An 11-inch holly blog with a phoenix feather core
by Rebecca on 2009-03-04
We are now the proud owners of (a very small part of) a farm. A few months ago, my friend wrote on her blog about a CSA here in Austin that she had recently joined, and from which she received a box of freshly harvested vegetables each week. CSA stands for Community Supported Agriculture. Members join a local farm by paying a membership fee, and for this fee, they receive a share of the output of the farm. I believe that CSA is starting to take off across the country, given a renewed interest in locally grown, organic foods. (Funny, isnʼt that what everyone ate 100 years ago?)
My friend seemed to enjoy her weekly vegetable bounty from the CSA, so I put our names on the waiting list. Hey, this is Austin — organic, locally grown is hot. I figured that this would be a good way to to try out new vegetables while supporting what seems to be a very worthy cause. And we waited patiently for our turn to join the CSA. About a month ago, I got an email letting me know that there was a spot in Johnsonʼs Backyard Garden for us.
I decided to sign up for the 4-week trial, where we would get a box of vegetables every other week. I like vegetables OK, but theyʼre not something that I actively seek out, especially when faced with a nice piece of bread and butter. If it was too much trouble, weʼd only have to mess with vegetables for four weeks. The other part of the deal is that we had to pick up our vegetables ourselves from a designated pick up site. Fair enough. Better than going out to the farm and picking them. The total cost for four boxes is $120, which I think, is still cheaper than what I would pay at the grocery store for a comparable amount of organic vegetables, averaging $15 a week for veggies.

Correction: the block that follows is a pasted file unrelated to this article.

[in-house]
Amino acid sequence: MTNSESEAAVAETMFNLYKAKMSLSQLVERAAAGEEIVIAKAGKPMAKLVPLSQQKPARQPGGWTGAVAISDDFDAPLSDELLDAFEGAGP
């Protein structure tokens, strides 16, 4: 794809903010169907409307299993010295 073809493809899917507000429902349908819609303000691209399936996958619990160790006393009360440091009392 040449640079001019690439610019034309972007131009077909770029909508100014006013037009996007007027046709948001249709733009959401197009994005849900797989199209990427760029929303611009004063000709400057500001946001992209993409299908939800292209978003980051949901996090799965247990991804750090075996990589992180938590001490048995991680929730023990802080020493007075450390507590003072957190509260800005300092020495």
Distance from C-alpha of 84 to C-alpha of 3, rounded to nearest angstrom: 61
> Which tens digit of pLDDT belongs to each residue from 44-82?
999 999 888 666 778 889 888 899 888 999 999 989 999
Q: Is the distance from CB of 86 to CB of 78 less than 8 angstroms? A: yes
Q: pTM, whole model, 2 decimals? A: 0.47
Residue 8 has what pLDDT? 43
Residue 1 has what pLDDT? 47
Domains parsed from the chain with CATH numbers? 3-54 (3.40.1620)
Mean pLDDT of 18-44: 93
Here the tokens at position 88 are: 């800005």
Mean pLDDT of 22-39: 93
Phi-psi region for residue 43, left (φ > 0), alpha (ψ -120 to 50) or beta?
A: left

Today, we picked up our first box after work. The picture above shows everything that we found in our box. Itʼs usually a surprise — you get what they harvest that day, and no whining about it. There is a trade box at the pick up site, so if thereʼs something you hate in the box, you can trade it for something else in the trade box, unless, of course, everyone hates that same thing, and the trade box is full of, say, Brussels sprouts.
Hereʼs what we ended up with: one avocado, a bunch of radishes, mint, parsley, a bag of salad greens, a bunch of spinach, broccoli florets, one head of cabbage, a bunch of carrots, what we just found out is a bunch of kale, three oranges and three grapefruit (I traded an extra bunch of radishes for an additional grapefruit.) The citrus fruits are grown on another local farm and thrown into the box for good measure. First of all, I was really glad that all of the vegetables were things Iʼd heard of (not necessarily cooked with, but heard of.) What if our first box had been full of kohlrabi, pac choi, and Jerusalem artichokes? Way too adventurous for a budding veggie lover like me.
Second of all, look how gorgeous those veggies are! The carrots are stunning with their leafy green tops, the greens are so bright, and the mint smelled, well, powerfully minty. I even tasted an arugula leaf from the salad mix, and boy, was it good. And here is my favorite from this weekʼs selection, a teeny little cabbage. Itʼs absolutely perfectly sized, in my opinion.
Thus begins our experiment with organic vegetables. Arenʼt we so hip? And if we find good recipes for all these veggies, weʼll put them on My Wifeʼs Food Blog. Stay tuned!